19 August, 2020
At 26 Jawahir Roble is breaking barriers as she sets the stage for herself in the English football arena as the first ever female Muslim referee in British football.
She was only 10 when her family, running away from the civil war in Somalia, moved to London.
Her love for football began back at home in Mogadishu where she would play with kids in her neighbourhood in the midst of the intense fighting that engulfed city.
“We would hear loud gunshots while playing in the courtyard and then run back to the house. Mum would always run looking for me and ask me to stay indoors, but we would immediately regroup after gunshots stopped and resume playing,” Roble recalls in an interview with a British media outlet.
Coming to the U.K. with her family did not only mean that she would no longer live in fear, she also had a chance to interact with proper sporting equipment. She recollects her first interaction with modern sports equipment when she started going to school in London adding that she was amazed at the proper pitches and footballs.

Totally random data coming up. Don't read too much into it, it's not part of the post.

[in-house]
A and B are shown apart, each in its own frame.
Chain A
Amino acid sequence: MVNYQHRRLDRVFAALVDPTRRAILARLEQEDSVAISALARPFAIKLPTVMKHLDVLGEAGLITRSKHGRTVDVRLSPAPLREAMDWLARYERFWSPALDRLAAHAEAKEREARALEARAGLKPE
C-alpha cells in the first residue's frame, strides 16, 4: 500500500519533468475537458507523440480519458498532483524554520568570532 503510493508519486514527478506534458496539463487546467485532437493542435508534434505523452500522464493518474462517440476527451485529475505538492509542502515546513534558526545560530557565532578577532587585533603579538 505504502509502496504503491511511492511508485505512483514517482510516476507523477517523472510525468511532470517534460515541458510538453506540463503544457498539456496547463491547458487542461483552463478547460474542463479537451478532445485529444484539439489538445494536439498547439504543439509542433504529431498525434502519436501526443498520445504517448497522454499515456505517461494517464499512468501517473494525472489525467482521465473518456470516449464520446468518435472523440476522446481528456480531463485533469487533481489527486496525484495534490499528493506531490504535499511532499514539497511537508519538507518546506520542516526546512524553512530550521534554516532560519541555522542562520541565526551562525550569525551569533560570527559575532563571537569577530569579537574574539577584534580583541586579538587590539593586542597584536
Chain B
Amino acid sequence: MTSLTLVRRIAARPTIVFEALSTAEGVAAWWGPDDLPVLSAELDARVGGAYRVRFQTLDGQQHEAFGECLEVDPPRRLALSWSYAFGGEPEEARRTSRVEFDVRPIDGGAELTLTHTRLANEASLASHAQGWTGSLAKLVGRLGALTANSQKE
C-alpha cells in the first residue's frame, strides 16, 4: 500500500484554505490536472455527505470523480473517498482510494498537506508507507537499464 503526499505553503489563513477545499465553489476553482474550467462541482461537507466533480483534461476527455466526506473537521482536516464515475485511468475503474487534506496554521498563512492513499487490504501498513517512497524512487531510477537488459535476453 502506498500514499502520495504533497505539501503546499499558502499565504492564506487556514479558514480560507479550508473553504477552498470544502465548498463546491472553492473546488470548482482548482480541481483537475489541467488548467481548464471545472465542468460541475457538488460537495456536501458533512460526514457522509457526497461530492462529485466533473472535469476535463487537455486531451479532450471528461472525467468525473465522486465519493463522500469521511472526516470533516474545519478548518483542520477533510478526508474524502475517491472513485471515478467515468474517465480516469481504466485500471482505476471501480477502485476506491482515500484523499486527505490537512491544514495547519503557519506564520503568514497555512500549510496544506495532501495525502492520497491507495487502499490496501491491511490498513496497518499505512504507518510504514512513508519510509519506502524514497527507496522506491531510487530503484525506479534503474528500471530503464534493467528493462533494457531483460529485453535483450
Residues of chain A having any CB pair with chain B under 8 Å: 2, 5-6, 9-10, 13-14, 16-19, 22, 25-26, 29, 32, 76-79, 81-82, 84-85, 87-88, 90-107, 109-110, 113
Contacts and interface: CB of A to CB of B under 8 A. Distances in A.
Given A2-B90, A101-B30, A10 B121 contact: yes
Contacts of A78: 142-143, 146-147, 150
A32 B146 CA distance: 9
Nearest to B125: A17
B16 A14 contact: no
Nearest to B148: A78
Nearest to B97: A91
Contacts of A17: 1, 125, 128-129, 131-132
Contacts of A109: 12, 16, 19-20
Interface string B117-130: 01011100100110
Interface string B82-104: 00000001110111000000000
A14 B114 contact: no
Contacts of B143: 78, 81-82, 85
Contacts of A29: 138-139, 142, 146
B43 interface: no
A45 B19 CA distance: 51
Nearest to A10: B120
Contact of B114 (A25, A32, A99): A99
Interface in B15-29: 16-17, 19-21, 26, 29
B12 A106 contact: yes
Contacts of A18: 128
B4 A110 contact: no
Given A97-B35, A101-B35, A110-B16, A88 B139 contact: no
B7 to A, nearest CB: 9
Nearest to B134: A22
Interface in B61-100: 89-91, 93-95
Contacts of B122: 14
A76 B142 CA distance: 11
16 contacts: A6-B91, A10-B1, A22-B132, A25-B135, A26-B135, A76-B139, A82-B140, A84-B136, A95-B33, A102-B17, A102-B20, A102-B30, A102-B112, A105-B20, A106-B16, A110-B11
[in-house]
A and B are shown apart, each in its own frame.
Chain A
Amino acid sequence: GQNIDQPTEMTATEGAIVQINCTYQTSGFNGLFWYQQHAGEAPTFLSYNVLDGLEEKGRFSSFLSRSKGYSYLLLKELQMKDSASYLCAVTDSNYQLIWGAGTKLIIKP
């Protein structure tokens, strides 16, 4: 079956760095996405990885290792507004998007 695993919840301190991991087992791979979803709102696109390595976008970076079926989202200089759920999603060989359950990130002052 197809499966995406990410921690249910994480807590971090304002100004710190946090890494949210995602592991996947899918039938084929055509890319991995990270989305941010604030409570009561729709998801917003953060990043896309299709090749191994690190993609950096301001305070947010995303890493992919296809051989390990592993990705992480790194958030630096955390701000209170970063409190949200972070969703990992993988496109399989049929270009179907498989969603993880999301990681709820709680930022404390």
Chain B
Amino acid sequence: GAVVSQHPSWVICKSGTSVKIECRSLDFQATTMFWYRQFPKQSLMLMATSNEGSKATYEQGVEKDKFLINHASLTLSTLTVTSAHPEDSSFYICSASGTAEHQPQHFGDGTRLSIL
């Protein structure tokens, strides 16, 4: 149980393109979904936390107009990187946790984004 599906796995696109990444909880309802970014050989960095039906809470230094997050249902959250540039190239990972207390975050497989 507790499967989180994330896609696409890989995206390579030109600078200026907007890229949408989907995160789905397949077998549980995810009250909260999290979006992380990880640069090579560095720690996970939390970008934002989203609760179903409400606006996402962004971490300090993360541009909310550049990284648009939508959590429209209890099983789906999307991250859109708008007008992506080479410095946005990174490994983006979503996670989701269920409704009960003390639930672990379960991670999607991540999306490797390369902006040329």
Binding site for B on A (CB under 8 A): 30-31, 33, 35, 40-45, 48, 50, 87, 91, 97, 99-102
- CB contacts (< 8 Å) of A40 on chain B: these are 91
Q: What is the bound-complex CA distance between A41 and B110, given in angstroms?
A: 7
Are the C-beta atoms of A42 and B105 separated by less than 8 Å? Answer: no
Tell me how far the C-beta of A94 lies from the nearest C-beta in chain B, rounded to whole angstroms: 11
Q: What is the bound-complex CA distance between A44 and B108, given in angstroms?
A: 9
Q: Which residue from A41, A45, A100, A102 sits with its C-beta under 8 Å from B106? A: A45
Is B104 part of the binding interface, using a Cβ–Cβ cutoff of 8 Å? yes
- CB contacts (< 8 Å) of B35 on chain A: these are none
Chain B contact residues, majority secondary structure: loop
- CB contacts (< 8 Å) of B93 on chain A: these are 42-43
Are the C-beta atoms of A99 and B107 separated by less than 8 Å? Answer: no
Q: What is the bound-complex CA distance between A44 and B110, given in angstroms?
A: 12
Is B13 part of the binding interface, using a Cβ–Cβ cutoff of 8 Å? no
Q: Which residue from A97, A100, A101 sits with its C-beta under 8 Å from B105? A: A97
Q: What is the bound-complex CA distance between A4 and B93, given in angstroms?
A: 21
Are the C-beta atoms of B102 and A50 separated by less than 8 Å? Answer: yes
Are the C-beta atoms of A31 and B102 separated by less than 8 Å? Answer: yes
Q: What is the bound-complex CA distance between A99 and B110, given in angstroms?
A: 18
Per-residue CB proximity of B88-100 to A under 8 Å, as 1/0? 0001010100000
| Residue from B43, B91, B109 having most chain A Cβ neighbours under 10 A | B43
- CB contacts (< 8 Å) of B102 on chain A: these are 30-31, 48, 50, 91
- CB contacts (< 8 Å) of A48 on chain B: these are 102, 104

She says: “We had no proper football, we sometimes used potatoes as a football, we used to make balls from newspapers and worn-out clothes. [Here] I was amazed they had proper footballs, long socks, and proper pitches.”
Roble registered for a coaching course and earned FA qualifications and then later took a professional refereeing course with the Middlesex FA.
As a Muslim, she wears a hijab throughout and she has become a role model for young girls in her community. When commenting about her unique position as the only Muslim female referee, she says that the title doesn’t change anything about her as she appreciates her worth in inspiring the next women referees.
Roble has won multiple awards including the Match Official Gong at the 2017 FA Respect Awards. She also received a recognition in the sports personality category at the Somali achievement awards – 2018.
Roble now has her eyes set on officiating in the Premier League and the 2023 Women’s World Cup: “That is my next challenge, it would be a dream come true.”
Source: The Standard